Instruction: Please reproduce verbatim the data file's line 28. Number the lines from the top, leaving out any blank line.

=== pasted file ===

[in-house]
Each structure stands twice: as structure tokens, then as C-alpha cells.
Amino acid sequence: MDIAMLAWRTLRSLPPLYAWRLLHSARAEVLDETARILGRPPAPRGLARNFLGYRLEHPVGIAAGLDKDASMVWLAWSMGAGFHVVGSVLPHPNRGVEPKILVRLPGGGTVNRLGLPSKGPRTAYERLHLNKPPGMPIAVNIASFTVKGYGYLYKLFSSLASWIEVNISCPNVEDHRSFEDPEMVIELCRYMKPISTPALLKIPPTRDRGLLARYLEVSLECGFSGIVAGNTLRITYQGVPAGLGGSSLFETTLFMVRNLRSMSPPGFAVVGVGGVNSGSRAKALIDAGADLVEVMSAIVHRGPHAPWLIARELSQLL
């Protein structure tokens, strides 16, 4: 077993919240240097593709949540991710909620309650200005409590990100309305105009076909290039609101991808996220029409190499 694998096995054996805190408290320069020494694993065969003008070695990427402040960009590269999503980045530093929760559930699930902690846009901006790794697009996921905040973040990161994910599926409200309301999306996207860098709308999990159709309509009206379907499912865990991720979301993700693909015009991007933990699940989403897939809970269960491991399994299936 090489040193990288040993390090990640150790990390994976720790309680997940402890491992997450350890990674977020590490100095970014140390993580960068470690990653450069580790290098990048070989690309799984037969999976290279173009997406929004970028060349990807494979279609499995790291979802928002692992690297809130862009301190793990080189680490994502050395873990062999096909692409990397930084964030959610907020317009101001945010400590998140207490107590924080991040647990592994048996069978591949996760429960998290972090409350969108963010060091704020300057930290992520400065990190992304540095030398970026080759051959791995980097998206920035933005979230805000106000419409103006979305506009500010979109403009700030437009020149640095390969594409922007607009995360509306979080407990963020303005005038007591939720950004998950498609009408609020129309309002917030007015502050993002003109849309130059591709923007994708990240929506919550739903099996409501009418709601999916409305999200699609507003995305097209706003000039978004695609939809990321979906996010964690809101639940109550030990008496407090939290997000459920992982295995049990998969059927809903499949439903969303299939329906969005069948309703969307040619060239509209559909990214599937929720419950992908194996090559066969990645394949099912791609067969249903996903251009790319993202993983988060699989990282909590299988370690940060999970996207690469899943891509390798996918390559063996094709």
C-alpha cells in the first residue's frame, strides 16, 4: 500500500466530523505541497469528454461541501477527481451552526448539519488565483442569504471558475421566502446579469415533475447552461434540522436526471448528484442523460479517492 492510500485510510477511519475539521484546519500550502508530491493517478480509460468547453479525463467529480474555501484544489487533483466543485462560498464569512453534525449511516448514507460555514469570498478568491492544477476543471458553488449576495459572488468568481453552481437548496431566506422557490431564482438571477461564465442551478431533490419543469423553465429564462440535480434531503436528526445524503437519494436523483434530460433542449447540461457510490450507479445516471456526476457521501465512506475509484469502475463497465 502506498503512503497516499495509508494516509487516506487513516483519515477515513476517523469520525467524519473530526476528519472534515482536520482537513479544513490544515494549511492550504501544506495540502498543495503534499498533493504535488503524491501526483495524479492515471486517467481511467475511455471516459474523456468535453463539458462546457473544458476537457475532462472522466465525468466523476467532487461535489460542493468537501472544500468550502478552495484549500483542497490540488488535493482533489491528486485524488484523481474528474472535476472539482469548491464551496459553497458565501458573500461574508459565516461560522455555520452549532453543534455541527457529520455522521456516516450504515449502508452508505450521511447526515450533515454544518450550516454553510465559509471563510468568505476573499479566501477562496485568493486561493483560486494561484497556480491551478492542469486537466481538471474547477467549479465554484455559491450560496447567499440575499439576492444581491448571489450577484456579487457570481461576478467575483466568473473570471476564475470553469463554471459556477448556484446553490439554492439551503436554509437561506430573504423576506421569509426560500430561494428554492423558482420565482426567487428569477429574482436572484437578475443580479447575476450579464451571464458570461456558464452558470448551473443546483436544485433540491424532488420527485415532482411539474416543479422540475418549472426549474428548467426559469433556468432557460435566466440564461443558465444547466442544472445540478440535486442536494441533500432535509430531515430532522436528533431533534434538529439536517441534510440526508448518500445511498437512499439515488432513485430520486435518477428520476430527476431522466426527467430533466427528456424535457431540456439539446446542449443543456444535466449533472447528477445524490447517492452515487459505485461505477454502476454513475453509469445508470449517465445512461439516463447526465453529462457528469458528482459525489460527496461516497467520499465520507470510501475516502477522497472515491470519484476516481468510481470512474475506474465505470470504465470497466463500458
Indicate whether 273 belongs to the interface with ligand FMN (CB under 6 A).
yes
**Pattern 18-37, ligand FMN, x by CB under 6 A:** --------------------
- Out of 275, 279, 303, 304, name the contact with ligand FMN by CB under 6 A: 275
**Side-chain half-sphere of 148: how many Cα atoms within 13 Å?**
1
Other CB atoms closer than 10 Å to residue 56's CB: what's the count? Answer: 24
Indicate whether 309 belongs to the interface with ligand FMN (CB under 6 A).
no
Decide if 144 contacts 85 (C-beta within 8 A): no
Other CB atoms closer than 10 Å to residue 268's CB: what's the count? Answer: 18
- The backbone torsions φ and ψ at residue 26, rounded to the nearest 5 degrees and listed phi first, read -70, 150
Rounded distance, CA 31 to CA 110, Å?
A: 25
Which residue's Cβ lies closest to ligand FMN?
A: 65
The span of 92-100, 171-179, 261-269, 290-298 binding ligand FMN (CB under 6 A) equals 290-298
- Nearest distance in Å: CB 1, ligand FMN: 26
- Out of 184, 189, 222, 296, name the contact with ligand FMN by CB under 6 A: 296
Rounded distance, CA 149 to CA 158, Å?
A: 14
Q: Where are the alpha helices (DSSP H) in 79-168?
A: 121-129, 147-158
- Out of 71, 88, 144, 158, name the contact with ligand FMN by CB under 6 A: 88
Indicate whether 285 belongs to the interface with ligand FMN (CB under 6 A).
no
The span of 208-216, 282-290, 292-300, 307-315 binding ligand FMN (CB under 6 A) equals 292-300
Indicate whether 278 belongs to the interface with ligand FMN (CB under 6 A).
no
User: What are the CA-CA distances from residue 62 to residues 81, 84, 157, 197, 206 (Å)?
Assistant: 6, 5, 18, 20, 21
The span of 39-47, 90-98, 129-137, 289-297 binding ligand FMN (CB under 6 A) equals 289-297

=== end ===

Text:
A: 121-129, 147-158